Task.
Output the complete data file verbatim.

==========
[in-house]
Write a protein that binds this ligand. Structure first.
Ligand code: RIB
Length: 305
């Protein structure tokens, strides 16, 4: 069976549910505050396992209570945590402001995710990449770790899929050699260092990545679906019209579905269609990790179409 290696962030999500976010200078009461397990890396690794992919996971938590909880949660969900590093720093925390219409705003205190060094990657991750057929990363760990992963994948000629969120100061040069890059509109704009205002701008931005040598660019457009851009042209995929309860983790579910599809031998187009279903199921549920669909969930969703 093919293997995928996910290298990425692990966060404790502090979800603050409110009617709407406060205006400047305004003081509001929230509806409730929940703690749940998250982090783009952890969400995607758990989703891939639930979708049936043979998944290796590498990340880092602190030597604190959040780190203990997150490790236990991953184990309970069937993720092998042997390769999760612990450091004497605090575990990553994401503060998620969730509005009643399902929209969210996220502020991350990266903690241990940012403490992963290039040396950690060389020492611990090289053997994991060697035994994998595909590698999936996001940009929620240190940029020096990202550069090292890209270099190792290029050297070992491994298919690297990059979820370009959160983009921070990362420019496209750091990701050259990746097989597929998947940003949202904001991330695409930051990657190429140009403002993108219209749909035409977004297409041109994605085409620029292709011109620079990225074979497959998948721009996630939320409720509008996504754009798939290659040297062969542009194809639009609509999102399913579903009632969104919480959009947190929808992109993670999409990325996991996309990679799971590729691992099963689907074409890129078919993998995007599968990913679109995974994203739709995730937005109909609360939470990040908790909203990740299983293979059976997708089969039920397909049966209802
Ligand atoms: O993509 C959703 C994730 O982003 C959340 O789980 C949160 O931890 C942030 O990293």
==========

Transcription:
[in-house]
Write a protein that binds this ligand. Structure first.
Ligand code: RIB
Length: 305
């Protein structure tokens, strides 16, 4: 069976549910505050396992209570945590402001995710990449770790899929050699260092990545679906019209579905269609990790179409 290696962030999500976010200078009461397990890396690794992919996971938590909880949660969900590093720093925390219409705003205190060094990657991750057929990363760990992963994948000629969120100061040069890059509109704009205002701008931005040598660019457009851009042209995929309860983790579910599809031998187009279903199921549920669909969930969703 093919293997995928996910290298990425692990966060404790502090979800603050409110009617709407406060205006400047305004003081509001929230509806409730929940703690749940998250982090783009952890969400995607758990989703891939639930979708049936043979998944290796590498990340880092602190030597604190959040780190203990997150490790236990991953184990309970069937993720092998042997390769999760612990450091004497605090575990990553994401503060998620969730509005009643399902929209969210996220502020991350990266903690241990940012403490992963290039040396950690060389020492611990090289053997994991060697035994994998595909590698999936996001940009929620240190940029020096990202550069090292890209270099190792290029050297070992491994298919690297990059979820370009959160983009921070990362420019496209750091990701050259990746097989597929998947940003949202904001991330695409930051990657190429140009403002993108219209749909035409977004297409041109994605085409620029292709011109620079990225074979497959998948721009996630939320409720509008996504754009798939290659040297062969542009194809639009609509999102399913579903009632969104919480959009947190929808992109993670999409990325996991996309990679799971590729691992099963689907074409890129078919993998995007599968990913679109995974994203739709995730937005109909609360939470990040908790909203990740299983293979059976997708089969039920397909049966209802
Ligand atoms: O993509 C959703 C994730 O982003 C959340 O789980 C949160 O931890 C942030 O990293």